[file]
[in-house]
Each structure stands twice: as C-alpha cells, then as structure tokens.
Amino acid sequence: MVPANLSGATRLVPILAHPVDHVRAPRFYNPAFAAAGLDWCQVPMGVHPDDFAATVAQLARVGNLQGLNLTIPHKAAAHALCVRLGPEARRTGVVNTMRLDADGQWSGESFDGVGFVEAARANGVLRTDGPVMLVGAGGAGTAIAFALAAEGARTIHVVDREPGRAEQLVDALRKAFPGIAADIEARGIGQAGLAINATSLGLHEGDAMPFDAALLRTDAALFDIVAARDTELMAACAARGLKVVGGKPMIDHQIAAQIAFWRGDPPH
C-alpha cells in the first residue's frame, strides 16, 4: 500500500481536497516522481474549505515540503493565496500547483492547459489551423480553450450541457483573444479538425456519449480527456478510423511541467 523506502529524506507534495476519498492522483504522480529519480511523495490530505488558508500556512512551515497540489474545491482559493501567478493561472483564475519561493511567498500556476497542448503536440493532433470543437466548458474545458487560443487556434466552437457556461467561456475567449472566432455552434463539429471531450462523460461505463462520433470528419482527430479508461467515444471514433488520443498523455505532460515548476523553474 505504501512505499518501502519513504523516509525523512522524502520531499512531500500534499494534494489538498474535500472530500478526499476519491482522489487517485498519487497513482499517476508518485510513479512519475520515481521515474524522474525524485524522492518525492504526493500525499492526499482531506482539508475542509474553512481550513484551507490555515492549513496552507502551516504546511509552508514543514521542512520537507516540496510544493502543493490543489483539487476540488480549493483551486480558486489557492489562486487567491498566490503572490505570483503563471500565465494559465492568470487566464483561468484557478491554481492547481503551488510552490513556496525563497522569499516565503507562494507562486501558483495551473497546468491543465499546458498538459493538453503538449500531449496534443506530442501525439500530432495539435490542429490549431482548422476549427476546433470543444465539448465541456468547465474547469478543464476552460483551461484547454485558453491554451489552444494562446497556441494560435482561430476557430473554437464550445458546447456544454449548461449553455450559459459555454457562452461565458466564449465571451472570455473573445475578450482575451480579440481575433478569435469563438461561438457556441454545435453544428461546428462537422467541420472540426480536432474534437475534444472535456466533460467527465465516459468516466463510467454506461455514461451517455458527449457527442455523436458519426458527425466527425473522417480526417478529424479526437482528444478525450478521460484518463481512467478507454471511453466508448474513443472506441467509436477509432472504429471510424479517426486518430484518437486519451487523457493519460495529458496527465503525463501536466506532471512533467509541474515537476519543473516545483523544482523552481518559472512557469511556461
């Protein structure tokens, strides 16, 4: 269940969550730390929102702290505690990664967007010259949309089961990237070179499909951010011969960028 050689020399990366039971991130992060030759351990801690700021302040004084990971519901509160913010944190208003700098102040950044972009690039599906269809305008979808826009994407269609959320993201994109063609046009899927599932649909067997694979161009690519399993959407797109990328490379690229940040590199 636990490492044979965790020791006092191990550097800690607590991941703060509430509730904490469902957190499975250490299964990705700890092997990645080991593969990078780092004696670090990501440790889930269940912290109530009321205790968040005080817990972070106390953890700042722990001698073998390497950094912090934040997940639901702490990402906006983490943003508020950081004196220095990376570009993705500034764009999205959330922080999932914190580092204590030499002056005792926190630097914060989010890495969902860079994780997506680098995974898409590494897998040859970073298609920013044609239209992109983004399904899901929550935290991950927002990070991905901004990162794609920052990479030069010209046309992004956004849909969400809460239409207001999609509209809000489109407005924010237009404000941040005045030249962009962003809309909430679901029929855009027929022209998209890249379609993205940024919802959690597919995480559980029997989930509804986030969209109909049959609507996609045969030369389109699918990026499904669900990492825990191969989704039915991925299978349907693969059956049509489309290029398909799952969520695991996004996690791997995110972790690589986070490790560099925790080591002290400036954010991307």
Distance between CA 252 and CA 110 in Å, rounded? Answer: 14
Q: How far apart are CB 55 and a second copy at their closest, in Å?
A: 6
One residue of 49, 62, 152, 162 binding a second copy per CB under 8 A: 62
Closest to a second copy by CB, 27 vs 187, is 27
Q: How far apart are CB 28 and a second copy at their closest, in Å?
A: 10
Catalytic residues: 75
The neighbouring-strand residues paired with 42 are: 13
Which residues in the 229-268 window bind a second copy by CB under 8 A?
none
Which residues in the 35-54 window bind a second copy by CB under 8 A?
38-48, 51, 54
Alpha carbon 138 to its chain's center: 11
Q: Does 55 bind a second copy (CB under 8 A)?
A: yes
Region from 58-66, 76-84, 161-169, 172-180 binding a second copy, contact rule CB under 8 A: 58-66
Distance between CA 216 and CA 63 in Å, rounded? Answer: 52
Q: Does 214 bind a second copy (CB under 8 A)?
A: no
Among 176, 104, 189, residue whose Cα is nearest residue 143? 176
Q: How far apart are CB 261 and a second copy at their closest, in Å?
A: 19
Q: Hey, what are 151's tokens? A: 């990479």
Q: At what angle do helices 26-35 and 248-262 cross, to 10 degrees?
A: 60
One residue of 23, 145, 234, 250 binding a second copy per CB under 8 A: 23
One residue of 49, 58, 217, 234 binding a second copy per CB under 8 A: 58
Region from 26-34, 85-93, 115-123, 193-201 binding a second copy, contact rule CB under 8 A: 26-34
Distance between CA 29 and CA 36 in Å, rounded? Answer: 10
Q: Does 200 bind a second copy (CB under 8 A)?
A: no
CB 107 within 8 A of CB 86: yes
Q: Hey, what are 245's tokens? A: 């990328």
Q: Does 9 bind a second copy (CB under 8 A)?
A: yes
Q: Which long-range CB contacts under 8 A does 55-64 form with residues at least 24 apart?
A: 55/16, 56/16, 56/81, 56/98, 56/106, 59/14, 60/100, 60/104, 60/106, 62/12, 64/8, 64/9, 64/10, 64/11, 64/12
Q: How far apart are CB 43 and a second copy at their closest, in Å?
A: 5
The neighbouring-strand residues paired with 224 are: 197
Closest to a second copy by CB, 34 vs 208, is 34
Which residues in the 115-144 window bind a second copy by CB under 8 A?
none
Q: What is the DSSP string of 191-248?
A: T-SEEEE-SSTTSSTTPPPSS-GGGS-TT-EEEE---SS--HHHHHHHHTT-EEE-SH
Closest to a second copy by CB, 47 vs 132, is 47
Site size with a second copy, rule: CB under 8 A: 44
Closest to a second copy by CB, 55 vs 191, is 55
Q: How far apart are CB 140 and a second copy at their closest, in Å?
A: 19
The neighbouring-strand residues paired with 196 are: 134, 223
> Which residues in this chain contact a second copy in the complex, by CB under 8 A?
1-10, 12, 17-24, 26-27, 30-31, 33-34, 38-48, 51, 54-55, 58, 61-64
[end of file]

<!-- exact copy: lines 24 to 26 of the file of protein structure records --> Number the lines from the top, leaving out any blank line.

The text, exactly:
Q: Does 214 bind a second copy (CB under 8 A)?
A: no
Among 176, 104, 189, residue whose Cα is nearest residue 143? 176